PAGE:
Friday, August 26, 2011

Can Farmers’ Markets Help Save America? - August 23rd, 2011
Farmers’ markets grew 17% over the past year, bringing our national total to 7,175. Could this trend help reap a more sustainable future?
Farmers’ markets are taking root from coast to coast. One thousand new, food-centric bazaars have opened over last year, according to fresh USDA numbers. That brings our national total to 7,175 markets across the nation, more than double the 3,706 from in 2004. This trend could have a huge impact on our economy and way of life.

On an individual or family level, the increase of farmers’ markets will have a direct impact on people’s health. It’s impossible to deny that fresh fruits and vegetables, stripped of their pesticides, preservatives and image-enhancing waxes, are far better for our bodies than mass produced produce. And 12% of all locations accept food stamps, thereby ensuring that low-income families have access to at least some of the bounty.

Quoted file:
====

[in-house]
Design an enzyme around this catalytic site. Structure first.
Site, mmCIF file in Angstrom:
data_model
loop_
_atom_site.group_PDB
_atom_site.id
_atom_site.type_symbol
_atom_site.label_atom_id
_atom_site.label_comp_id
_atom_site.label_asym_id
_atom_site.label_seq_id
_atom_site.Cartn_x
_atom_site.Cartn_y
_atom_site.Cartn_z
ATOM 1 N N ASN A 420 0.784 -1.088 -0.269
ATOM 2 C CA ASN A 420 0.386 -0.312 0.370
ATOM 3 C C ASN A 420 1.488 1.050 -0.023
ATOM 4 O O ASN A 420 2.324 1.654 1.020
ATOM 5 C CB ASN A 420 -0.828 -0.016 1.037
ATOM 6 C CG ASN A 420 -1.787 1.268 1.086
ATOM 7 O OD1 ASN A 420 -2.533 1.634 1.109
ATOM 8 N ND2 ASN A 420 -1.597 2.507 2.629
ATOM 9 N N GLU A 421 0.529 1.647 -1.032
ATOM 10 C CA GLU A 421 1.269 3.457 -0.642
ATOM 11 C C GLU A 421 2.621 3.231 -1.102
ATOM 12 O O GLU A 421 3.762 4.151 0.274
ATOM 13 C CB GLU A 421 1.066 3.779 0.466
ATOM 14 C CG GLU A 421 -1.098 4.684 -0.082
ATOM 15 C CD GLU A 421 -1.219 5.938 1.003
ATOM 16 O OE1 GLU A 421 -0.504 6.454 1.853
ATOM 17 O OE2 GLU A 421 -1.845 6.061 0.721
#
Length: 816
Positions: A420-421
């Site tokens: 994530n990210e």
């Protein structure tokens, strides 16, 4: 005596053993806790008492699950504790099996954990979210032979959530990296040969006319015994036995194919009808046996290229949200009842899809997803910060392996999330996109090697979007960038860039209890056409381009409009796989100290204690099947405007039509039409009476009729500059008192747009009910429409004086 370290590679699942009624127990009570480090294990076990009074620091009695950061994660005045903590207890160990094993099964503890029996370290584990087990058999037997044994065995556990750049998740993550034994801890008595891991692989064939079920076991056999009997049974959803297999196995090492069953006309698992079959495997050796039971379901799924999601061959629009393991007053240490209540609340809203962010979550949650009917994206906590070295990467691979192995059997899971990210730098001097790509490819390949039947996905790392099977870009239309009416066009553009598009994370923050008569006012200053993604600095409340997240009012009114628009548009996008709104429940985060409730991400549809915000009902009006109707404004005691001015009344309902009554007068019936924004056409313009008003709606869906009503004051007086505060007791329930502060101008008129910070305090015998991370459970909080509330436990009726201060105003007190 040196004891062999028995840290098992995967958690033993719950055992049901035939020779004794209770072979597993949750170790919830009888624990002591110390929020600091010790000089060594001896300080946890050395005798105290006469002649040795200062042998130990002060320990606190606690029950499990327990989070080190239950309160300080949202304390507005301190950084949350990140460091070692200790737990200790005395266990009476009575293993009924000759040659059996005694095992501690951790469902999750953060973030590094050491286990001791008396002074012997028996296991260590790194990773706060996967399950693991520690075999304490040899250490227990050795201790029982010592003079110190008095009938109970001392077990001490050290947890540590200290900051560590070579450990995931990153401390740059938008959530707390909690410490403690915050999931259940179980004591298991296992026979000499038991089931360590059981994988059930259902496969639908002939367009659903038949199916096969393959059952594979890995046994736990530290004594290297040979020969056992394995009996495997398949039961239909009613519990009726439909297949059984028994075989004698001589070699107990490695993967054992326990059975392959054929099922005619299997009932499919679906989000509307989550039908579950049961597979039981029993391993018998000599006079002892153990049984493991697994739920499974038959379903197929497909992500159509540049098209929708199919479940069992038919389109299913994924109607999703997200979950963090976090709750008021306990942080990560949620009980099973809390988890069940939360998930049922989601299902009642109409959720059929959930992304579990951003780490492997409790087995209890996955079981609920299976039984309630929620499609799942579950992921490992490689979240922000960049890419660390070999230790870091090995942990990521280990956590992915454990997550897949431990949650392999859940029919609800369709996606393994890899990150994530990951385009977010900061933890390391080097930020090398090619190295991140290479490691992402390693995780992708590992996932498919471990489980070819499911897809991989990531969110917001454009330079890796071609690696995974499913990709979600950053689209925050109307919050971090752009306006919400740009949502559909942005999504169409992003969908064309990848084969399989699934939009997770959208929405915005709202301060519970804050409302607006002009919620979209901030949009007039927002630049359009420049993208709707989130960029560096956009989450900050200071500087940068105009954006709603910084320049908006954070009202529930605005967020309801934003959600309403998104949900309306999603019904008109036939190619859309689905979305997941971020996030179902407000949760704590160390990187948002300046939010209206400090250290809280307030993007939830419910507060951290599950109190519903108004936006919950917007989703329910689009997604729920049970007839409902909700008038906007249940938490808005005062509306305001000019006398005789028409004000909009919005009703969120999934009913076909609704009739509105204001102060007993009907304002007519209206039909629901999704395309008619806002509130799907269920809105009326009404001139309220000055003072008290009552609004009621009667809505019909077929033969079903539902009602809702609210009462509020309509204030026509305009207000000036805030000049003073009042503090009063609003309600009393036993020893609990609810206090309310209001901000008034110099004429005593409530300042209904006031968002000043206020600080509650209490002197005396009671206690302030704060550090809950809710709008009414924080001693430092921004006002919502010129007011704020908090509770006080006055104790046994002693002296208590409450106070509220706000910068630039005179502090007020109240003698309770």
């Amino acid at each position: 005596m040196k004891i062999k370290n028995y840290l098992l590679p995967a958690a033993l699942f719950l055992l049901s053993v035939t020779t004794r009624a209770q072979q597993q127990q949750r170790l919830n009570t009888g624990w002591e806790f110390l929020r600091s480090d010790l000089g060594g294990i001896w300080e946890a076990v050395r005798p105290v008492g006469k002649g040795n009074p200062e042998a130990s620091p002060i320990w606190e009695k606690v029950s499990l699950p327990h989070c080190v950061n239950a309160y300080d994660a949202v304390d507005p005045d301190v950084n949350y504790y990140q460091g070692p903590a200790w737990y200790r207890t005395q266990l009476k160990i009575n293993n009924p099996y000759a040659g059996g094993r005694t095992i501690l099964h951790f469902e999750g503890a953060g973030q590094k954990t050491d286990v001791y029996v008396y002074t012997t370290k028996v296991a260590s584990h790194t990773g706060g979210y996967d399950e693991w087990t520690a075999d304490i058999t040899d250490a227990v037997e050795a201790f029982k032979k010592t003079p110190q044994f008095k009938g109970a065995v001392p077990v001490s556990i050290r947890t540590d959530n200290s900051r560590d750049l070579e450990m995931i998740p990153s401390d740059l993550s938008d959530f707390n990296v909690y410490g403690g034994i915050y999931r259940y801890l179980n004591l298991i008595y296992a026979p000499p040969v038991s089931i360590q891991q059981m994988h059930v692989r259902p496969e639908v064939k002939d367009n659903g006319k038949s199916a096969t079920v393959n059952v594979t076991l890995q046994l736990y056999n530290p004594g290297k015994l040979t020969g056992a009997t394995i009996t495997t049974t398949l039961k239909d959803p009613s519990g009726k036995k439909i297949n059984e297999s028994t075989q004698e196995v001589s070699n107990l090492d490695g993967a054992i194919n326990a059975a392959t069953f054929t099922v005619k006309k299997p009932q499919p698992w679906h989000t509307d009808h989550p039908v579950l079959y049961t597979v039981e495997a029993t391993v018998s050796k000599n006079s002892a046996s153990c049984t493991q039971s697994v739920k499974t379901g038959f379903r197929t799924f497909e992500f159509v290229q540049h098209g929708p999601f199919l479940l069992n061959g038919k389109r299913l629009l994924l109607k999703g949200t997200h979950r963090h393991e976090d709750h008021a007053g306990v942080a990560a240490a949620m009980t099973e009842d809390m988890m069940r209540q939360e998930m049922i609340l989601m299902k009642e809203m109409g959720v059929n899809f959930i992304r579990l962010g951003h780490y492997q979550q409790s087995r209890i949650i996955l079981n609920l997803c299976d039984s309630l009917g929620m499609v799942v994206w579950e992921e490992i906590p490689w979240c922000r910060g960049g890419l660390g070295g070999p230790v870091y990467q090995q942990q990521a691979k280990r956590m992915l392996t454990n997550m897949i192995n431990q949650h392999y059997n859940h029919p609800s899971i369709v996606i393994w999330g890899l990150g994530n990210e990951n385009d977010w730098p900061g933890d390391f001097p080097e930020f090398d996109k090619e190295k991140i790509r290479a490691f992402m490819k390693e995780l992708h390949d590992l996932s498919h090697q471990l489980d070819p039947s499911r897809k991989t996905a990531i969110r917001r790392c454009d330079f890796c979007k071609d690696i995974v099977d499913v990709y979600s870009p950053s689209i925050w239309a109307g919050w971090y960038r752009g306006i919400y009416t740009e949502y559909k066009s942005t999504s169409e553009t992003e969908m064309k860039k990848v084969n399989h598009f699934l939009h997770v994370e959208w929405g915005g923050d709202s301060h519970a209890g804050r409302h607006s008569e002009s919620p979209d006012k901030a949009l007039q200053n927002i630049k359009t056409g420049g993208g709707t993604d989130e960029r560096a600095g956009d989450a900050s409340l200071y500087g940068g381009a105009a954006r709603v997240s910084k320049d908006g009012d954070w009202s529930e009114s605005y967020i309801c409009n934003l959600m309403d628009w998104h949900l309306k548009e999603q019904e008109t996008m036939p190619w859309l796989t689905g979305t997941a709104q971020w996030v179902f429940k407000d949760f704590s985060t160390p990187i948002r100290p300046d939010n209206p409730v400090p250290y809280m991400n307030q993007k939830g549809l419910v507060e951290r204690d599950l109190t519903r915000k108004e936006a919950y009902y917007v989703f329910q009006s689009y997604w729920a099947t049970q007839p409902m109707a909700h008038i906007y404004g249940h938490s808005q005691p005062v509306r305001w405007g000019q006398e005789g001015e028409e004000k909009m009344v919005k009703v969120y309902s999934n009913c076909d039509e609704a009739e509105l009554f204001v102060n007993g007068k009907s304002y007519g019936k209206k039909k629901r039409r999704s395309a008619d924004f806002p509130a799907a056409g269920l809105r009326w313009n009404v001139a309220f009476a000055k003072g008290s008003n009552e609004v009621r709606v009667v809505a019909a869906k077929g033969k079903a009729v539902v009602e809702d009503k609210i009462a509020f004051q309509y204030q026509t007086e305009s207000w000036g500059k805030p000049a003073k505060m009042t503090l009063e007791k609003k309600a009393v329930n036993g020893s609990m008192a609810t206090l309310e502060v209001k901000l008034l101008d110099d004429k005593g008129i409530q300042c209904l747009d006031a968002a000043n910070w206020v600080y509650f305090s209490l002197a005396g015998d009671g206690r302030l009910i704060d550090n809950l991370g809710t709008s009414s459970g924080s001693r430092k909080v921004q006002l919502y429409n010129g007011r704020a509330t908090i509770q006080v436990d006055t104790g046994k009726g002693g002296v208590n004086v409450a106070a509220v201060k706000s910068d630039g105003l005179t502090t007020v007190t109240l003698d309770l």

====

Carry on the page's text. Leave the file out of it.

Then there’s the fact that independent emporiums allow consumers a more intimate shopping experience, which brings peace of mind during the seemingly ubiquitous food recalls.
“Whenever there is a food-borne outbreak, it drives more consumers to farmers’ markets,” Dianne Eggert, executive director of the Farmer’s Market Federation of New York, told Reuters. “They can ask more questions about how their food is produced.”
But obviously farmers’ markets aren’t just about hippie-dippie love and happiness that yield strong, trusting, healthy communities. They’re businesses, and they’re booming in surprising places.

No comments:

Trending Now